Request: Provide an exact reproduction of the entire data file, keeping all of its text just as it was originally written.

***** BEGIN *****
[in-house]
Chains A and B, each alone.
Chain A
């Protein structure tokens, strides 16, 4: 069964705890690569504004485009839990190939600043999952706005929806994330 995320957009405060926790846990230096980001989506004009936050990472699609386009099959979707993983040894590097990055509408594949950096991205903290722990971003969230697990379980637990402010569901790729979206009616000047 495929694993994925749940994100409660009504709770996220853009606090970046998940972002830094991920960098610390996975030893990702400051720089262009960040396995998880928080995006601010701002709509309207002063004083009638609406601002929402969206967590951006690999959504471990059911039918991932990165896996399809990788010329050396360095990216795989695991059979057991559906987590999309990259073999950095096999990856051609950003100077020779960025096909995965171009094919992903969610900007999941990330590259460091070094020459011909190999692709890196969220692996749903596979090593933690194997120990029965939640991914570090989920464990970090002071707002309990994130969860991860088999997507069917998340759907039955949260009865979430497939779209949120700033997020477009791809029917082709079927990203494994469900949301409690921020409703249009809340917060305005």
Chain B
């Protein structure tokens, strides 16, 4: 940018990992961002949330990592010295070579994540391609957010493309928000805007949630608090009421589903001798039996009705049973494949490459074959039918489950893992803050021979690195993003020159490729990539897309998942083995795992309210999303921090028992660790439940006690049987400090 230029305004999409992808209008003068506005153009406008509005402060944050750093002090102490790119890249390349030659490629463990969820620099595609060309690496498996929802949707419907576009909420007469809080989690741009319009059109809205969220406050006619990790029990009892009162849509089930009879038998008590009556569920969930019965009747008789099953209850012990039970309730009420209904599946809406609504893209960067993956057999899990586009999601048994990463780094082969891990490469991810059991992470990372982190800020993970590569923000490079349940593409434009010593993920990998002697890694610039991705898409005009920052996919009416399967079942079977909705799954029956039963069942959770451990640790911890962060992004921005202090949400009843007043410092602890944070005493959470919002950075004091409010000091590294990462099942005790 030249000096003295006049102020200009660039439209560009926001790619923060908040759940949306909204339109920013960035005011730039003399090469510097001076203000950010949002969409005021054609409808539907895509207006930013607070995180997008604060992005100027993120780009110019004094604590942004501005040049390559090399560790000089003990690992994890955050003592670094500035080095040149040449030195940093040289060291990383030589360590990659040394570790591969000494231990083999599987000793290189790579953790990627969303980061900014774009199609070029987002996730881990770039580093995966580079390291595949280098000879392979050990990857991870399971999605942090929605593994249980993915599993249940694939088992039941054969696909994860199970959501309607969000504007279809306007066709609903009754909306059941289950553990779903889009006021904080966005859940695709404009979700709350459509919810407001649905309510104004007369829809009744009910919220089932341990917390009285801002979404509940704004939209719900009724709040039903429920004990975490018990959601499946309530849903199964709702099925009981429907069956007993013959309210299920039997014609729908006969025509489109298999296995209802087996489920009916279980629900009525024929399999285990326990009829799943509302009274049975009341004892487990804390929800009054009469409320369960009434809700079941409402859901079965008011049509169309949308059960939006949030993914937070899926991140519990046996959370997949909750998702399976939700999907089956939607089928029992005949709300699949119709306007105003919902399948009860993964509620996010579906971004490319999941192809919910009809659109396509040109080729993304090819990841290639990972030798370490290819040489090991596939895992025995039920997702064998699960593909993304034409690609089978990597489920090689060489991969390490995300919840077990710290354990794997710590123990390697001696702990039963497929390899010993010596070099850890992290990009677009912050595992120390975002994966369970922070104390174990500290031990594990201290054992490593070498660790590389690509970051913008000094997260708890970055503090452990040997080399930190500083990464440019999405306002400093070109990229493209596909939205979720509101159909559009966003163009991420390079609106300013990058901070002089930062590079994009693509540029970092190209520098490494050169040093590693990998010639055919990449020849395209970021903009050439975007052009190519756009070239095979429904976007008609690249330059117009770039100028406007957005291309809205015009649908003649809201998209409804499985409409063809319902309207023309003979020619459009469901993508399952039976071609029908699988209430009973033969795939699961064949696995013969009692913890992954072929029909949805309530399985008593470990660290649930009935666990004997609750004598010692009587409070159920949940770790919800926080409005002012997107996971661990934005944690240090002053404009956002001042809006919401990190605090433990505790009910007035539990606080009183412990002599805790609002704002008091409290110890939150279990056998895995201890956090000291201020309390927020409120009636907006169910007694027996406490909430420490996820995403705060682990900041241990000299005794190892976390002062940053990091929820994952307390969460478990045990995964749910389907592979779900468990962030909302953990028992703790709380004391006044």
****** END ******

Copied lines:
[in-house]
Chains A and B, each alone.
Chain A
């Protein structure tokens, strides 16, 4: 069964705890690569504004485009839990190939600043999952706005929806994330 995320957009405060926790846990230096980001989506004009936050990472699609386009099959979707993983040894590097990055509408594949950096991205903290722990971003969230697990379980637990402010569901790729979206009616000047 495929694993994925749940994100409660009504709770996220853009606090970046998940972002830094991920960098610390996975030893990702400051720089262009960040396995998880928080995006601010701002709509309207002063004083009638609406601002929402969206967590951006690999959504471990059911039918991932990165896996399809990788010329050396360095990216795989695991059979057991559906987590999309990259073999950095096999990856051609950003100077020779960025096909995965171009094919992903969610900007999941990330590259460091070094020459011909190999692709890196969220692996749903596979090593933690194997120990029965939640991914570090989920464990970090002071707002309990994130969860991860088999997507069917998340759907039955949260009865979430497939779209949120700033997020477009791809029917082709079927990203494994469900949301409690921020409703249009809340917060305005």
Chain B
């Protein structure tokens, strides 16, 4: 940018990992961002949330990592010295070579994540391609957010493309928000805007949630608090009421589903001798039996009705049973494949490459074959039918489950893992803050021979690195993003020159490729990539897309998942083995795992309210999303921090028992660790439940006690049987400090 230029305004999409992808209008003068506005153009406008509005402060944050750093002090102490790119890249390349030659490629463990969820620099595609060309690496498996929802949707419907576009909420007469809080989690741009319009059109809205969220406050006619990790029990009892009162849509089930009879038998008590009556569920969930019965009747008789099953209850012990039970309730009420209904599946809406609504893209960067993956057999899990586009999601048994990463780094082969891990490469991810059991992470990372982190800020993970590569923000490079349940593409434009010593993920990998002697890694610039991705898409005009920052996919009416399967079942079977909705799954029956039963069942959770451990640790911890962060992004921005202090949400009843007043410092602890944070005493959470919002950075004091409010000091590294990462099942005790 030249000096003295006049102020200009660039439209560009926001790619923060908040759940949306909204339109920013960035005011730039003399090469510097001076203000950010949002969409005021054609409808539907895509207006930013607070995180997008604060992005100027993120780009110019004094604590942004501005040049390559090399560790000089003990690992994890955050003592670094500035080095040149040449030195940093040289060291990383030589360590990659040394570790591969000494231990083999599987000793290189790579953790990627969303980061900014774009199609070029987002996730881990770039580093995966580079390291595949280098000879392979050990990857991870399971999605942090929605593994249980993915599993249940694939088992039941054969696909994860199970959501309607969000504007279809306007066709609903009754909306059941289950553990779903889009006021904080966005859940695709404009979700709350459509919810407001649905309510104004007369829809009744009910919220089932341990917390009285801002979404509940704004939209719900009724709040039903429920004990975490018990959601499946309530849903199964709702099925009981429907069956007993013959309210299920039997014609729908006969025509489109298999296995209802087996489920009916279980629900009525024929399999285990326990009829799943509302009274049975009341004892487990804390929800009054009469409320369960009434809700079941409402859901079965008011049509169309949308059960939006949030993914937070899926991140519990046996959370997949909750998702399976939700999907089956939607089928029992005949709300699949119709306007105003919902399948009860993964509620996010579906971004490319999941192809919910009809659109396509040109080729993304090819990841290639990972030798370490290819040489090991596939895992025995039920997702064998699960593909993304034409690609089978990597489920090689060489991969390490995300919840077990710290354990794997710590123990390697001696702990039963497929390899010993010596070099850890992290990009677009912050595992120390975002994966369970922070104390174990500290031990594990201290054992490593070498660790590389690509970051913008000094997260708890970055503090452990040997080399930190500083990464440019999405306002400093070109990229493209596909939205979720509101159909559009966003163009991420390079609106300013990058901070002089930062590079994009693509540029970092190209520098490494050169040093590693990998010639055919990449020849395209970021903009050439975007052009190519756009070239095979429904976007008609690249330059117009770039100028406007957005291309809205015009649908003649809201998209409804499985409409063809319902309207023309003979020619459009469901993508399952039976071609029908699988209430009973033969795939699961064949696995013969009692913890992954072929029909949805309530399985008593470990660290649930009935666990004997609750004598010692009587409070159920949940770790919800926080409005002012997107996971661990934005944690240090002053404009956002001042809006919401990190605090433990505790009910007035539990606080009183412990002599805790609002704002008091409290110890939150279990056998895995201890956090000291201020309390927020409120009636907006169910007694027996406490909430420490996820995403705060682990900041241990000299005794190892976390002062940053990091929820994952307390969460478990045990995964749910389907592979779900468990962030909302953990028992703790709380004391006044």